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|Toyota Corolla (E30/E50)|
|Production||Aug 1974–July 1981|
|Body and chassis|
|Wheelbase||2,370 mm (93.3 in)|
|Length||3,995 mm (157.3 in)|
|Width||1,570 mm (61.8 in)|
|Height||1,375–1,390 mm (54.1–54.7 in)|
|Curb weight||785–955 kg (1,730.6–2,105.4 lb)|
The Corolla E30/E50 was the third generation of cars sold by Toyota under the Corolla nameplate. It was built from August 1974 to July 1981 and marked Toyota's greatest growth in the United States in the wake of the fuel crisis. In addition to its sister model, the Sprinter, there was a redesigned-body version built by Toyota affiliate Daihatsu, called the Daihatsu Charmant. While there were certain fourth-generation models with a longer model life, this generation, when considered as a whole, was the longest-lived one, possibly due to the worldwide recession in the 1970s. A large range of cars were built using this chassis, including Corollas, Sprinters, Daihatsu, and the sporty Levin and Trueno models with the DOHC motor, with a fuel injection upgrade added to Japanese Levin models in January 1977.
The 3K engine was used in certain markets and later the 4K, while most Japanese and American models had the bigger 2T engine. A "Toyoglide" 2/3-speed automatic transmission was added as well as a four-speed(K40/T40) and five-speed(K50/T50) manual transmission, driving to the rear wheels. A three-door "liftback" (E50) and sports coupé (E51) was added in 1976. The E40 and E60 series were assigned to the Sprinter variants. In 1975, Toyota introduced the TTC-L (Toyota Total Clean-Lean Burn) on the 12T engine only, using a lean burn implementation. in 1976,Toyota introduced the TTC-C(Toyota total clean-Catalyst) on the 3K-U engine,using single bed catalytic converter and lambda close-loop oxygen sensor with a supercharger smog pump.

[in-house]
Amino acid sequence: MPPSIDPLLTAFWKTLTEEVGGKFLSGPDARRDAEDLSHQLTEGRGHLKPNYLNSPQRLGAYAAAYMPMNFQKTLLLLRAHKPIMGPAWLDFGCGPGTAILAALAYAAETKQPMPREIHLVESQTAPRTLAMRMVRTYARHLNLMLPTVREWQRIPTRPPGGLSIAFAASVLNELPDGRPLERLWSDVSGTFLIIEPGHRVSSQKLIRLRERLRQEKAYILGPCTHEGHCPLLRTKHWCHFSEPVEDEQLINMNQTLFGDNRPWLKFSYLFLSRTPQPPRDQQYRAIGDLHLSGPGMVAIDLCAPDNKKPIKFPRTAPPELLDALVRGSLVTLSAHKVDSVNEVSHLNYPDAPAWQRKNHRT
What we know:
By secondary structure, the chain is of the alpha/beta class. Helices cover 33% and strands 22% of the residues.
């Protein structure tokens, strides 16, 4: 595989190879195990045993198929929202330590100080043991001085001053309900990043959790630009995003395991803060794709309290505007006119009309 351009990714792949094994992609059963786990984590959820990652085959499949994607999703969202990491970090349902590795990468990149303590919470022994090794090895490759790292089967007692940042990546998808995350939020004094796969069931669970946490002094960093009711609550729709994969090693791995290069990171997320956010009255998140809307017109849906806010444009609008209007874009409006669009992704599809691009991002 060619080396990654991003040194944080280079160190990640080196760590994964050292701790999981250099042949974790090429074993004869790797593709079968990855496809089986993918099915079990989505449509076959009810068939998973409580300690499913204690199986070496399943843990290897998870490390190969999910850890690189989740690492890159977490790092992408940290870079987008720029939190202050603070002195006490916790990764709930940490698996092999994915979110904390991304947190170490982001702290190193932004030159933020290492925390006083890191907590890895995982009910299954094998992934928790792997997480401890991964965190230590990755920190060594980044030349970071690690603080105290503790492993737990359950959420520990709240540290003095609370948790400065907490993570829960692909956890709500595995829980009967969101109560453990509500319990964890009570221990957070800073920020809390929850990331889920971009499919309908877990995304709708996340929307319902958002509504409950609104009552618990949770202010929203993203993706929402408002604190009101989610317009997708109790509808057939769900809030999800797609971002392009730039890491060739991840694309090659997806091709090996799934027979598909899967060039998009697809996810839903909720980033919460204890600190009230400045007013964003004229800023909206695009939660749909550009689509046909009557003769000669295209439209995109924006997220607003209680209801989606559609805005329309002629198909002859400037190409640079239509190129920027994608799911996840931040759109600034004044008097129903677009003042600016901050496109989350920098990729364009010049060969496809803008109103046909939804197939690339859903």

Japanese market engines:
- 3K-B — 1.2 L (1166 cc) I4, 8-valve OHV, high compression, dual carb, 77 PS (57 kW) (SL grade KE30/35)
- 3K-BR — 1.2 L (1166 cc) I4, 8-valve OHV, low compression, dual carb, 74 PS (54 kW) (SL grade KE30/35)
- 3K-C — 1.2 L (1166 cc) I4, 8-valve OHV, carb, 55 PS (40 kW) (KE30/35)
- 3K-U — 1.2 L (1166 cc) I4, 8-valve OHV, carb, 1976/01-1979/08 (KE50)
- 3K-H — 1.2 L (1166 cc) I4, 8-valve OHV, carb, 71 PS (52 kW) (KE30 sedan and commercial vehicles only)
- T — 1.4 L (1407 cc) I4, 8-valve OHV, carb, 86 PS (63 kW) (TE30/35)
- T-B — 1.4 L (1407 cc) I4, 8-valve OHV, high compression, dual carb, 95 PS (70 kW) (SL grade TE30/35)
- T-BR — 1.4 L (1407 cc) I4, 8-valve OHV, low compression, dual carb, 91 PS (67 kW) (SL grade TE30/35)
- T-U — 1.4 L (1407 cc) I4, 8-valve OHV, carb, 82 PS (60 kW) (TE50)
- 2T-B — 1.6 L (1588 cc) I4, 8-valve OHV, high compression, dual carb, 105 PS (77 kW) (GSL/SR grade TE31/37)
- 2T-BR — 1.6 L (1588 cc) I4, 8-valve OHV, low compression, dual carb, 100 PS (74 kW) (GSL/SR grade TE31/37)
- 2T-C — 1.6 L (1588 cc) I4, 8-valve OHV, carb, 75 PS (55 kW)
- 2T-G — 1.6 L (1588 cc) I4, 8-valve DOHC, carb, 110 PS (81 kW) (Levin/GT grade)
- 2T-U — 1.6 L (1588 cc) I4, 8-valve OHV, carb, 90 PS (66 kW) (GSL/SR grade TE51)
- 12T — 1.6 L (1588 cc) I4 8-valve OHV, carb, 88 PS (65 kW)
Japanese market chassis:
- E30 — Sedan, 2-door/4-door (3K, T, 2T)
- E31 — Sedan, 2-door/4-door (2T)
- E35 — Hardtop coupé (3K, 3K-C, 3K-B, 3K-BR, T, 2T, 12T)
- E36 — Van, 3 or 5-door (3K-H, T)
- E37 — Hardtop coupé (T, 2T)
- E50 — Sports coupé/Sedan 2-door/4-door (3K, 3K-C, 3K-U, T, 2T)
- E51 — Sports coupé (2T)
- E52 — Sports coupé/liftback (12T)
- E55 — Sedan 2-door/4-door (4K-U)
The 40- and 60-series model codes were reserved for the Corolla's slightly more expensive Sprinter sibling.
Road & Track was critical of the 1975 Corolla (introduced to North America in late 1974), calling it "large and heavy" and "expensive" compared to the Honda Civic and Datsun B210. They also criticized the "relatively crude rear suspension", lack of interior space, and poor fuel economy when compared to the VW Rabbit. The base model cost US$2,711 in 1975, but only the $2,989 Deluxe model had features comparable to the contemporary pack.